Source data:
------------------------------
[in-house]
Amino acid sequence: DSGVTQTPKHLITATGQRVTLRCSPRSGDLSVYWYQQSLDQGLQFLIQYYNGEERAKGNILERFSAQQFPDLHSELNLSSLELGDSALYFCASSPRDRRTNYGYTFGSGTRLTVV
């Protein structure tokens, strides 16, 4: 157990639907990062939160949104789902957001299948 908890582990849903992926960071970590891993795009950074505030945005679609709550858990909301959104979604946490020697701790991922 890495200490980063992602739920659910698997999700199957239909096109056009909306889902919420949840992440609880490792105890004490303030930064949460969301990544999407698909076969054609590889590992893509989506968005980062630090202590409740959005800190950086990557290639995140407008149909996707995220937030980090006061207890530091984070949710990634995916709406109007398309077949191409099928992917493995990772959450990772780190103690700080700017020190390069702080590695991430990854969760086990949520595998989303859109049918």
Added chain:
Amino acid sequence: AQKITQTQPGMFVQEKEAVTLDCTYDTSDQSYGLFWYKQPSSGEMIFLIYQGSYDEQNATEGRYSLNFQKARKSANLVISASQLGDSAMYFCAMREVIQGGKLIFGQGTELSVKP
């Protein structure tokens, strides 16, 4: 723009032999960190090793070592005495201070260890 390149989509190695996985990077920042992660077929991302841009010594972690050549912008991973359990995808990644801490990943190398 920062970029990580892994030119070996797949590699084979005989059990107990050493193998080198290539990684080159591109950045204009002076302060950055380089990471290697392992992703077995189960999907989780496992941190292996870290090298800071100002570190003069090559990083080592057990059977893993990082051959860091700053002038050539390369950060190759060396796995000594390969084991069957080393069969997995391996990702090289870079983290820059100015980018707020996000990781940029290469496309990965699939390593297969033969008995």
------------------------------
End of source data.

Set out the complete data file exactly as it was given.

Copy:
[in-house]
Amino acid sequence: DSGVTQTPKHLITATGQRVTLRCSPRSGDLSVYWYQQSLDQGLQFLIQYYNGEERAKGNILERFSAQQFPDLHSELNLSSLELGDSALYFCASSPRDRRTNYGYTFGSGTRLTVV
């Protein structure tokens, strides 16, 4: 157990639907990062939160949104789902957001299948 908890582990849903992926960071970590891993795009950074505030945005679609709550858990909301959104979604946490020697701790991922 890495200490980063992602739920659910698997999700199957239909096109056009909306889902919420949840992440609880490792105890004490303030930064949460969301990544999407698909076969054609590889590992893509989506968005980062630090202590409740959005800190950086990557290639995140407008149909996707995220937030980090006061207890530091984070949710990634995916709406109007398309077949191409099928992917493995990772959450990772780190103690700080700017020190390069702080590695991430990854969760086990949520595998989303859109049918």
Added chain:
Amino acid sequence: AQKITQTQPGMFVQEKEAVTLDCTYDTSDQSYGLFWYKQPSSGEMIFLIYQGSYDEQNATEGRYSLNFQKARKSANLVISASQLGDSAMYFCAMREVIQGGKLIFGQGTELSVKP
């Protein structure tokens, strides 16, 4: 723009032999960190090793070592005495201070260890 390149989509190695996985990077920042992660077929991302841009010594972690050549912008991973359990995808990644801490990943190398 920062970029990580892994030119070996797949590699084979005989059990107990050493193998080198290539990684080159591109950045204009002076302060950055380089990471290697392992992703077995189960999907989780496992941190292996870290090298800071100002570190003069090559990083080592057990059977893993990082051959860091700053002038050539390369950060190759060396796995000594390969084991069957080393069969997995391996990702090289870079983290820059100015980018707020996000990781940029290469496309990965699939390593297969033969008995």